BY THE HAMMER
Malaysians speak of “makan” evocatively and to many of us, it is synonymous with abundant food, and food in Malaysia strongly signifies life, love, and lavishness.
The word makan is often used as a greeting instead of a verb. Malaysia’s makan culture is indeed a gift for the world to enjoy. And from it Malaysia has created many passionate purveyors of fine food.
There are few people in this country who share a gargantuan passion and an unquenchable curiosity for all things in the makan universe more than Jude Mohan, the former adman and corporate captain who left his cushy corner office at a public company to pursue his preferred science and his life-long obsession – Makan!
It wasn’t any wonder for us to learn that he had single handedly created a new icon in the Malaysian food service industry called makan-time.com.
We spoke to the affable man himself over some ‘teh-halia’ at his satellite kitchen for makan-time.com in Bangsar, and the first question he shot our way was “Bro, makan already?”
“I hope you came with an empty stomach!”
We realized later that the perennial question was indeed a loaded one as he kept feeding us one dish after another followed by anecdotes of its origins, cultural history, flavour profiles, aroma, sustainability and even its birth sign!
Makan-time.com is an innovative, efficient, and advanced meal solutions provider in Malaysia. It owns and operates two fully licensed, Muslim-compliant central production kitchen facilities, located in Kuala Lumpur, and is currently the leading player in the food outsourcing space involving local hotels and corporate meal solution providers. It also currently owns 6 exciting consumer food brands in its stable. These 6 brands and their unique take on Malaysian foods are offered exclusively to consumers in the Klang Valley through their own digital food hall and platform naturally called, www.makan-time.com.
We took the opportunity to candidly grill Jude with some questions about his 8-month-old start-up over a foot-long, butter chicken sambal, grilled ‘Naanwich’, another distinctive creation of this Adman, or should we say Madman. And the results were quite astounding.
Jude, why did you decide to start something in the food service sector when you could have gone into many industries which you had experience in and had strong connections to? Isn’t this somewhat of a virgin territory to you?
Truth is a lot of people who knew me well kept prodding me to open a restaurant. I wasn’t the least bit interested. I was just bent on starting a revolution in the food space – a disruptive industry which would help change the way people consumed their food.
Change the way industries and players in the food space would operate. I wanted to give consumers a platform to consume their food with dignity. I wanted to feed them with food that was safe yet addictively good. I wanted to feed them with food I would feed my own family with. I wanted the secret ingredient in every dish to be, LOVE.
Yes, lofty outcomes as usual from me, but I knew that if I had a sound process to make all these aspirations work and a relevant food technology plan to back these up, it wouldn’t sound so lofty anymore. Coupled with some experienced hotel Chefs steering the yacht in the engine-room, we could be sailing the seven seas like Ferdinand Magellan.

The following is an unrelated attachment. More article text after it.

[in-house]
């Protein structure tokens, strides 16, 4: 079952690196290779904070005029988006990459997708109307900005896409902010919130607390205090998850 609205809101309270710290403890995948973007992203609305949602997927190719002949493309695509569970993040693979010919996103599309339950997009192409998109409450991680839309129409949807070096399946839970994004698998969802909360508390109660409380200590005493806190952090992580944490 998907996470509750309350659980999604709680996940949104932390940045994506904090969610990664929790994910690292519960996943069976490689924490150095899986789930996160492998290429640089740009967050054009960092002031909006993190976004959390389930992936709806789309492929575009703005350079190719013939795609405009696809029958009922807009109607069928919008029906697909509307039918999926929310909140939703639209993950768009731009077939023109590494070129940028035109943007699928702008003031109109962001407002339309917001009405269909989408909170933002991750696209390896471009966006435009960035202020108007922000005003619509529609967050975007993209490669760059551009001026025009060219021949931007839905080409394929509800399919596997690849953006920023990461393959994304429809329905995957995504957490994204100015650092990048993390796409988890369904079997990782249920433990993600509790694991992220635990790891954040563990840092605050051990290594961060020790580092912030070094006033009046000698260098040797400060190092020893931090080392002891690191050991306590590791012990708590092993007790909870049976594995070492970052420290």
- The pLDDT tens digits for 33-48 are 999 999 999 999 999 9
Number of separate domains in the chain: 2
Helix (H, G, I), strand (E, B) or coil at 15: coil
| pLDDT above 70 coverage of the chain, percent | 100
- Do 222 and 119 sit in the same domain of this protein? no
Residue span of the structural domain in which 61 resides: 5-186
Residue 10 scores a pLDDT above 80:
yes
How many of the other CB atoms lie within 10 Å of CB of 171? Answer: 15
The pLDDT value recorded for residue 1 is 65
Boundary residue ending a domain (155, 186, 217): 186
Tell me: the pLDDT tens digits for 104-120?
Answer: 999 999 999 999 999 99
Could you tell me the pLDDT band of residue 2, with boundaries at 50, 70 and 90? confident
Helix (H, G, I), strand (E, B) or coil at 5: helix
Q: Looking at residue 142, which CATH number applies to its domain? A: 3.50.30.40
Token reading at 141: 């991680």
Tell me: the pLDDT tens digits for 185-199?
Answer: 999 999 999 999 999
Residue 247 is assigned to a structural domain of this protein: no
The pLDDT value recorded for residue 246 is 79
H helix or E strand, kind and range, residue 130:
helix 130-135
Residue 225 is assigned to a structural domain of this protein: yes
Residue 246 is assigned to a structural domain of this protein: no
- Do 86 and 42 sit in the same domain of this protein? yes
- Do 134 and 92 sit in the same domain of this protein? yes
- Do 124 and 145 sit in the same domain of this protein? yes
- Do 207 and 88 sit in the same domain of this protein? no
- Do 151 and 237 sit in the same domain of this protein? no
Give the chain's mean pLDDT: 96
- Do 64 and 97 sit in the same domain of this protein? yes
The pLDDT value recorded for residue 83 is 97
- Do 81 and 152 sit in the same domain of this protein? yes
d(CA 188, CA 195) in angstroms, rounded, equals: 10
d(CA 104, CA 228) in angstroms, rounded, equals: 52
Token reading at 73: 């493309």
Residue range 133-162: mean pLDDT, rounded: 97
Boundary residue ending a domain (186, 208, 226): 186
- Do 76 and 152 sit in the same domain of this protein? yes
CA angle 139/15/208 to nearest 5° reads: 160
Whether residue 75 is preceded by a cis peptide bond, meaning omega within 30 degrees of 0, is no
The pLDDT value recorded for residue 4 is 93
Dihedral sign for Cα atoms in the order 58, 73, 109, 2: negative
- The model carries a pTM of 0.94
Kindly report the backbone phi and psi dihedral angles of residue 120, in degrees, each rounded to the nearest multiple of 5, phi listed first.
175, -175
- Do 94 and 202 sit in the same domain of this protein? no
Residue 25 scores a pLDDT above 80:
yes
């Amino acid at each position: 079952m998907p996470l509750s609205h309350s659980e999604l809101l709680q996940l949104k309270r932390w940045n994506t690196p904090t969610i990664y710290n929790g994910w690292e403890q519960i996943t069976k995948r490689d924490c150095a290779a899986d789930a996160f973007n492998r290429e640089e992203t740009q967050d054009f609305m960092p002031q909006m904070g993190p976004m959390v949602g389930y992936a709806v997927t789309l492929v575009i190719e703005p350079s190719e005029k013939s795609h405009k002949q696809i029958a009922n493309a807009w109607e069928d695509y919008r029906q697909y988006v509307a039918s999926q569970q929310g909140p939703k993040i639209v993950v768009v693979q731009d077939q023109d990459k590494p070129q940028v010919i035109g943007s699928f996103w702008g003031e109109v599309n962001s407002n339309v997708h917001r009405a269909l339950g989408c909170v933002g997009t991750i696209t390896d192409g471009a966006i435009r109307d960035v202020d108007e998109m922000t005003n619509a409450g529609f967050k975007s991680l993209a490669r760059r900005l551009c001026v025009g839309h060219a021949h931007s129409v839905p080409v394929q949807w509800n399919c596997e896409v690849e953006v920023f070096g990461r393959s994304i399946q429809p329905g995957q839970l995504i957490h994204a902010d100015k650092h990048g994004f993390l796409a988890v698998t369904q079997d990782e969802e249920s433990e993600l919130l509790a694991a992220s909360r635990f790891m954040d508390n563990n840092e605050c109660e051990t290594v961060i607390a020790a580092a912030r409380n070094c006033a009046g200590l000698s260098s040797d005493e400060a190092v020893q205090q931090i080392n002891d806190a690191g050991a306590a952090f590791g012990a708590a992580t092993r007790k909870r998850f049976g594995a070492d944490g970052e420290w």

So, I went about to immediately acquire the most important commodity of them all – Data. Data, like the British Crown Jewel Koh-i-Noor, is impossible to find in Malaysia. Especially if it concerns food service and its industry related data in Malaysia. But I found the much-needed analysis in Singapore and in Indonesia. So, this became the beacon which gave me the insight I needed to make informed decisions with the planned start-up.
The data concluded that players in the food service industry like hotels and such, were growing tired of managing staff and keeping up with their kitchens. Productivity and wastage were always their bone of contention. Rising food costs were another issue. Fluctuations in costs meant that bottom lines were scorched and pilferage and siphoning, the original and oldest professions in the world, kept wreaking their deadly damage.
What if we could take these problems off them? What if we cloned a central kitchen facility which matched the kitchens of these hotels, kept to their stringent process requirements, used only trained and experienced professionals which they would approve of, and give them end-products which were better than their own? What if we could be more reliable, more advanced, more predictable, and more profitable than their own kitchens? I knew that data, insights and the correct technology could achieve this…
So, you started makan-time.com?
Not so simple, mate. I had to do scores of spread sheets first. What seemed like 2937 spread sheets later, I realised that to monetize the central kitchen facility and to fortify its profitability, I needed a few more unique but synergistic lines of business to close some gaps in the business plans. Our data suggested that the corporate meal solutions space in Malaysia lacked strong players who were dedicated to serving this sector. Players who had speed, agility and who were able to represent their services articulately, were scarce, not to mention disorganized. Since we had everything in our plan to now serve the corporate sector eloquently and efficiently, this became another key line of business and focus in our plan.
When we looked at the actual order-book numbers, some multi-nationals in the Klang Valley were providing 3 square meals for 700 employees per day. That’s a staggering 2,100 meals per day from just one corporation alone. So, the decision to become a dedicated player in the corporate meal solutions space was a no brainer since we already had the infrastructure in place, and a manageable competitive space to contend with. We jumped in with both eyes open.
What about the consumer digital food hall and all the food brands which you created? How did that come about? Was that because of the MCO and you felt it was a lucrative time to get into that space?